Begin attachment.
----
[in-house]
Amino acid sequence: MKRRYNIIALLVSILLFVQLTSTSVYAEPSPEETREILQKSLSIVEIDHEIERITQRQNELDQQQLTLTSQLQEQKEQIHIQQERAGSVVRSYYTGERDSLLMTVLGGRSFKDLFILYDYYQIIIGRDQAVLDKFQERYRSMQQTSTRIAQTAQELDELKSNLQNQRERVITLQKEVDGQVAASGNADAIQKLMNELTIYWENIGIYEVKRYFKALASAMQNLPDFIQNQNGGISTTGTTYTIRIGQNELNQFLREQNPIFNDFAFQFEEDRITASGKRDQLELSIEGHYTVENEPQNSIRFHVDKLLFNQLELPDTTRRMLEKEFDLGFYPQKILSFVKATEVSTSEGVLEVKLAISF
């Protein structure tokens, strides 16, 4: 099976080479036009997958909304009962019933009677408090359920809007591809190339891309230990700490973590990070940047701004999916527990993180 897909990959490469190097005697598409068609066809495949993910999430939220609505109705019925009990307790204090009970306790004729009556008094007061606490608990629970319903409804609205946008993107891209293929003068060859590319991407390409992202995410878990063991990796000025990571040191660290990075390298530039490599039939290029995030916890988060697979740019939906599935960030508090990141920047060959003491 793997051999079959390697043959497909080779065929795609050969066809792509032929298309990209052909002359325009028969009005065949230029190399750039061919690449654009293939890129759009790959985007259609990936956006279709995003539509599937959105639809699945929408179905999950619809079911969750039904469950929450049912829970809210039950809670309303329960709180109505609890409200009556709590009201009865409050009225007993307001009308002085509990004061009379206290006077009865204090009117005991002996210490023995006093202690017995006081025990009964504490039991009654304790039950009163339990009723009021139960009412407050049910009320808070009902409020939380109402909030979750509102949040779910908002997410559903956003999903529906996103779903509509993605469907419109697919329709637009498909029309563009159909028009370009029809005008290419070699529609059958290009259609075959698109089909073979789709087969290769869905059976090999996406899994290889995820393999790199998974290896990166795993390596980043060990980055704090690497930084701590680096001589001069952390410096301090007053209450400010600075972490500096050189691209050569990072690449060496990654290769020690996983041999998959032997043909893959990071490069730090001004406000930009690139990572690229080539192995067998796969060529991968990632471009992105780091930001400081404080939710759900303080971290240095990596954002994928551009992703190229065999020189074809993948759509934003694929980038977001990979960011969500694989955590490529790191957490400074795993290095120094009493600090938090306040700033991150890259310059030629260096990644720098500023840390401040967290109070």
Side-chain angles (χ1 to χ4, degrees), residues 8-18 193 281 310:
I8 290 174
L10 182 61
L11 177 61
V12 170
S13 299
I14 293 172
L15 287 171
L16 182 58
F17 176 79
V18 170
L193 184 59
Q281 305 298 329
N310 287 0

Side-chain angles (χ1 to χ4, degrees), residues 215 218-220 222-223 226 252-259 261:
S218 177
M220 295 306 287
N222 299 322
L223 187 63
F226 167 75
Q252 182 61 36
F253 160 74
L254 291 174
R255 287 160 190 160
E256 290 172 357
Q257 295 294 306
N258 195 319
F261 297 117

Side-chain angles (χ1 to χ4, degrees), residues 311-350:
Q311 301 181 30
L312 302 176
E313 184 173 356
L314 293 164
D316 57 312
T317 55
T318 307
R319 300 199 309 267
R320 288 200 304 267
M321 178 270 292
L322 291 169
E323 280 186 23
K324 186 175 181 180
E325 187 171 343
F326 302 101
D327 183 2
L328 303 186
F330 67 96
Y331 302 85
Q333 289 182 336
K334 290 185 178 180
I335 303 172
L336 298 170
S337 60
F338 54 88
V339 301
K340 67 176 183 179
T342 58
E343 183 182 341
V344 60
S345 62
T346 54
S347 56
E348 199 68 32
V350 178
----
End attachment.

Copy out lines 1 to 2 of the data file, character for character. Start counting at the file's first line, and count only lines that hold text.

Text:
[in-house]
Amino acid sequence: MKRRYNIIALLVSILLFVQLTSTSVYAEPSPEETREILQKSLSIVEIDHEIERITQRQNELDQQQLTLTSQLQEQKEQIHIQQERAGSVVRSYYTGERDSLLMTVLGGRSFKDLFILYDYYQIIIGRDQAVLDKFQERYRSMQQTSTRIAQTAQELDELKSNLQNQRERVITLQKEVDGQVAASGNADAIQKLMNELTIYWENIGIYEVKRYFKALASAMQNLPDFIQNQNGGISTTGTTYTIRIGQNELNQFLREQNPIFNDFAFQFEEDRITASGKRDQLELSIEGHYTVENEPQNSIRFHVDKLLFNQLELPDTTRRMLEKEFDLGFYPQKILSFVKATEVSTSEGVLEVKLAISF